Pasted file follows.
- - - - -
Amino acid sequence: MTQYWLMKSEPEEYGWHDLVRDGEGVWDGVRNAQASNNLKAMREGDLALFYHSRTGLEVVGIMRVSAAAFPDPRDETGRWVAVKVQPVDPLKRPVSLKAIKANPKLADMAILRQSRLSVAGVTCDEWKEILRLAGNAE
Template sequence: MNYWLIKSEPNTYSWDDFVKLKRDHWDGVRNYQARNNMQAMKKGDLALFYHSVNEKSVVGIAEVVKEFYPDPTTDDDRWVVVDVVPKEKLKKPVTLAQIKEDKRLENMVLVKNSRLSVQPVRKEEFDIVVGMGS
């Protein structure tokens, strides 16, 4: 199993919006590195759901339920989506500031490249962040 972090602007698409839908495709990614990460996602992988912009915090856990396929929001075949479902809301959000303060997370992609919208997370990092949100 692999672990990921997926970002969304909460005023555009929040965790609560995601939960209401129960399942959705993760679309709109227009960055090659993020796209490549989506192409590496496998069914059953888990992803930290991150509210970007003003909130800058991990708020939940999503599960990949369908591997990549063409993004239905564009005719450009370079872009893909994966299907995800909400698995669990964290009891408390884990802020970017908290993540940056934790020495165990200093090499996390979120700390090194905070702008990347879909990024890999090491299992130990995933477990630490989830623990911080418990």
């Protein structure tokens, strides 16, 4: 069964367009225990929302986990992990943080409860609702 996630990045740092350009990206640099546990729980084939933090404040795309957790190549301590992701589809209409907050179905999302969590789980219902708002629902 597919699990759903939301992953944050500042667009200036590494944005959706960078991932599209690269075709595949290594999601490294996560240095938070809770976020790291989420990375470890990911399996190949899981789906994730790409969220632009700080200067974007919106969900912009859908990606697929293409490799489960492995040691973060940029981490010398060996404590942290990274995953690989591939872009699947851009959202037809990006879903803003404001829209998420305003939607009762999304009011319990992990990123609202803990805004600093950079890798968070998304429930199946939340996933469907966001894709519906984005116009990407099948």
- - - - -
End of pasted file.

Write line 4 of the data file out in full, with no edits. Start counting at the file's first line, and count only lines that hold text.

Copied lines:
């Protein structure tokens, strides 16, 4: 069964367009225990929302986990992990943080409860609702 996630990045740092350009990206640099546990729980084939933090404040795309957790190549301590992701589809209409907050179905999302969590789980219902708002629902 597919699990759903939301992953944050500042667009200036590494944005959706960078991932599209690269075709595949290594999601490294996560240095938070809770976020790291989420990375470890990911399996190949899981789906994730790409969220632009700080200067974007919106969900912009859908990606697929293409490799489960492995040691973060940029981490010398060996404590942290990274995953690989591939872009699947851009959202037809990006879903803003404001829209998420305003939607009762999304009011319990992990990123609202803990805004600093950079890798968070998304429930199946939340996933469907966001894709519906984005116009990407099948």